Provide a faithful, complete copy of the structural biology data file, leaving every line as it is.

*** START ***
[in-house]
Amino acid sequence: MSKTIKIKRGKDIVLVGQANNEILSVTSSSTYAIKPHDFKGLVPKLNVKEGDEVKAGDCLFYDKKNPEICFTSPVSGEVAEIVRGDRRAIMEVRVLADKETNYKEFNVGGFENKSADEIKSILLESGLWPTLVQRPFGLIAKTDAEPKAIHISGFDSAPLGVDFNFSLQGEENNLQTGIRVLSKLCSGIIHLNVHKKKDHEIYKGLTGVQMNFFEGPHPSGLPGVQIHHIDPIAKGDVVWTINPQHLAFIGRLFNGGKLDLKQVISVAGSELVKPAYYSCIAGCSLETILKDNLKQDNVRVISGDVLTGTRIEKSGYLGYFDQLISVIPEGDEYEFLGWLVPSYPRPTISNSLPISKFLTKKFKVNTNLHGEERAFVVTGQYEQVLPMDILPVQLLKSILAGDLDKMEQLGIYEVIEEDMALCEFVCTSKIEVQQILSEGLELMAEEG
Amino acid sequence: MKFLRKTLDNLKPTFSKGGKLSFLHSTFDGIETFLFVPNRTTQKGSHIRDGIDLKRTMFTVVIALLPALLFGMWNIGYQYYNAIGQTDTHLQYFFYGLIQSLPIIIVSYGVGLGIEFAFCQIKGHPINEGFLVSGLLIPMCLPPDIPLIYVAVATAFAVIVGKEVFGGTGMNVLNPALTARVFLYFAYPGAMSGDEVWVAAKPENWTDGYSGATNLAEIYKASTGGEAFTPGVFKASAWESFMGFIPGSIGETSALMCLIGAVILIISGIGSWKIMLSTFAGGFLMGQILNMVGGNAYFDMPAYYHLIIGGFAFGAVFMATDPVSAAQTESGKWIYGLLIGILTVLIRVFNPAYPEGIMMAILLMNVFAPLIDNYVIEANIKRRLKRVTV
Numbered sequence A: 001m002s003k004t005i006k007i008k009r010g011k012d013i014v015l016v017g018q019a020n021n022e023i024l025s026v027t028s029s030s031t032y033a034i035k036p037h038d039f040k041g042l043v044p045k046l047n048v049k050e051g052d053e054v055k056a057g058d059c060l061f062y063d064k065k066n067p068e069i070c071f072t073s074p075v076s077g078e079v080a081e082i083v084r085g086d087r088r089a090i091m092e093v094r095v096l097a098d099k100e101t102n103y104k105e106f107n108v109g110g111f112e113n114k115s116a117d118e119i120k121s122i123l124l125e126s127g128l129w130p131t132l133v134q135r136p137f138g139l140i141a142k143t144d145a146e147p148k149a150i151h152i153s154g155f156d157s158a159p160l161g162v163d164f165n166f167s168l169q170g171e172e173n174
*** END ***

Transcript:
[in-house]
Amino acid sequence: MSKTIKIKRGKDIVLVGQANNEILSVTSSSTYAIKPHDFKGLVPKLNVKEGDEVKAGDCLFYDKKNPEICFTSPVSGEVAEIVRGDRRAIMEVRVLADKETNYKEFNVGGFENKSADEIKSILLESGLWPTLVQRPFGLIAKTDAEPKAIHISGFDSAPLGVDFNFSLQGEENNLQTGIRVLSKLCSGIIHLNVHKKKDHEIYKGLTGVQMNFFEGPHPSGLPGVQIHHIDPIAKGDVVWTINPQHLAFIGRLFNGGKLDLKQVISVAGSELVKPAYYSCIAGCSLETILKDNLKQDNVRVISGDVLTGTRIEKSGYLGYFDQLISVIPEGDEYEFLGWLVPSYPRPTISNSLPISKFLTKKFKVNTNLHGEERAFVVTGQYEQVLPMDILPVQLLKSILAGDLDKMEQLGIYEVIEEDMALCEFVCTSKIEVQQILSEGLELMAEEG
Amino acid sequence: MKFLRKTLDNLKPTFSKGGKLSFLHSTFDGIETFLFVPNRTTQKGSHIRDGIDLKRTMFTVVIALLPALLFGMWNIGYQYYNAIGQTDTHLQYFFYGLIQSLPIIIVSYGVGLGIEFAFCQIKGHPINEGFLVSGLLIPMCLPPDIPLIYVAVATAFAVIVGKEVFGGTGMNVLNPALTARVFLYFAYPGAMSGDEVWVAAKPENWTDGYSGATNLAEIYKASTGGEAFTPGVFKASAWESFMGFIPGSIGETSALMCLIGAVILIISGIGSWKIMLSTFAGGFLMGQILNMVGGNAYFDMPAYYHLIIGGFAFGAVFMATDPVSAAQTESGKWIYGLLIGILTVLIRVFNPAYPEGIMMAILLMNVFAPLIDNYVIEANIKRRLKRVTV
Numbered sequence A: 001m002s003k004t005i006k007i008k009r010g011k012d013i014v015l016v017g018q019a020n021n022e023i024l025s026v027t028s029s030s031t032y033a034i035k036p037h038d039f040k041g042l043v044p045k046l047n048v049k050e051g052d053e054v055k056a057g058d059c060l061f062y063d064k065k066n067p068e069i070c071f072t073s074p075v076s077g078e079v080a081e082i083v084r085g086d087r088r089a090i091m092e093v094r095v096l097a098d099k100e101t102n103y104k105e106f107n108v109g110g111f112e113n114k115s116a117d118e119i120k121s122i123l124l125e126s127g128l129w130p131t132l133v134q135r136p137f138g139l140i141a142k143t144d145a146e147p148k149a150i151h152i153s154g155f156d157s158a159p160l161g162v163d164f165n166f167s168l169q170g171e172e173n174